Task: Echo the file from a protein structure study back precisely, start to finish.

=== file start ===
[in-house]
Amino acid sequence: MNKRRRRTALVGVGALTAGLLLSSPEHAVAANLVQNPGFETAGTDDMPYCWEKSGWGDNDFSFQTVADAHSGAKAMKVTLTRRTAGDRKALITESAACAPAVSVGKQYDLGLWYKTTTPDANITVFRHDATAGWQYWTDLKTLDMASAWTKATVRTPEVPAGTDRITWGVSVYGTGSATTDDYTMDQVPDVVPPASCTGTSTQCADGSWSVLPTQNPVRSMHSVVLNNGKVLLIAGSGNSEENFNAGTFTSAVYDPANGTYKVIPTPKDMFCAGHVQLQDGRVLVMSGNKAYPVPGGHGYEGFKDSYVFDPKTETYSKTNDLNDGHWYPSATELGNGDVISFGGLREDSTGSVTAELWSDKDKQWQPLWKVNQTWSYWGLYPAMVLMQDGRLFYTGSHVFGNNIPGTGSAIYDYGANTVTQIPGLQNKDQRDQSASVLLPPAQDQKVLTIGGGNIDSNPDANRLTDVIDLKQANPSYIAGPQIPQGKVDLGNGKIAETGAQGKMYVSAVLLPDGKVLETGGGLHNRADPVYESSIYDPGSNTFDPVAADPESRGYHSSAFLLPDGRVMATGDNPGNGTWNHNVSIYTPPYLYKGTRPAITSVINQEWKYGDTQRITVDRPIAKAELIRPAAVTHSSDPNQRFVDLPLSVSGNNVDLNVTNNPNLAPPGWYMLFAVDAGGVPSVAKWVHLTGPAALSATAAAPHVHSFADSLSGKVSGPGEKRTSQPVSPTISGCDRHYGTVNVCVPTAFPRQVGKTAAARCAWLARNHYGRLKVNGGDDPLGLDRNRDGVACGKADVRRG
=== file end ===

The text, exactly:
[in-house]
Amino acid sequence: MNKRRRRTALVGVGALTAGLLLSSPEHAVAANLVQNPGFETAGTDDMPYCWEKSGWGDNDFSFQTVADAHSGAKAMKVTLTRRTAGDRKALITESAACAPAVSVGKQYDLGLWYKTTTPDANITVFRHDATAGWQYWTDLKTLDMASAWTKATVRTPEVPAGTDRITWGVSVYGTGSATTDDYTMDQVPDVVPPASCTGTSTQCADGSWSVLPTQNPVRSMHSVVLNNGKVLLIAGSGNSEENFNAGTFTSAVYDPANGTYKVIPTPKDMFCAGHVQLQDGRVLVMSGNKAYPVPGGHGYEGFKDSYVFDPKTETYSKTNDLNDGHWYPSATELGNGDVISFGGLREDSTGSVTAELWSDKDKQWQPLWKVNQTWSYWGLYPAMVLMQDGRLFYTGSHVFGNNIPGTGSAIYDYGANTVTQIPGLQNKDQRDQSASVLLPPAQDQKVLTIGGGNIDSNPDANRLTDVIDLKQANPSYIAGPQIPQGKVDLGNGKIAETGAQGKMYVSAVLLPDGKVLETGGGLHNRADPVYESSIYDPGSNTFDPVAADPESRGYHSSAFLLPDGRVMATGDNPGNGTWNHNVSIYTPPYLYKGTRPAITSVINQEWKYGDTQRITVDRPIAKAELIRPAAVTHSSDPNQRFVDLPLSVSGNNVDLNVTNNPNLAPPGWYMLFAVDAGGVPSVAKWVHLTGPAALSATAAAPHVHSFADSLSGKVSGPGEKRTSQPVSPTISGCDRHYGTVNVCVPTAFPRQVGKTAAARCAWLARNHYGRLKVNGGDDPLGLDRNRDGVACGKADVRRG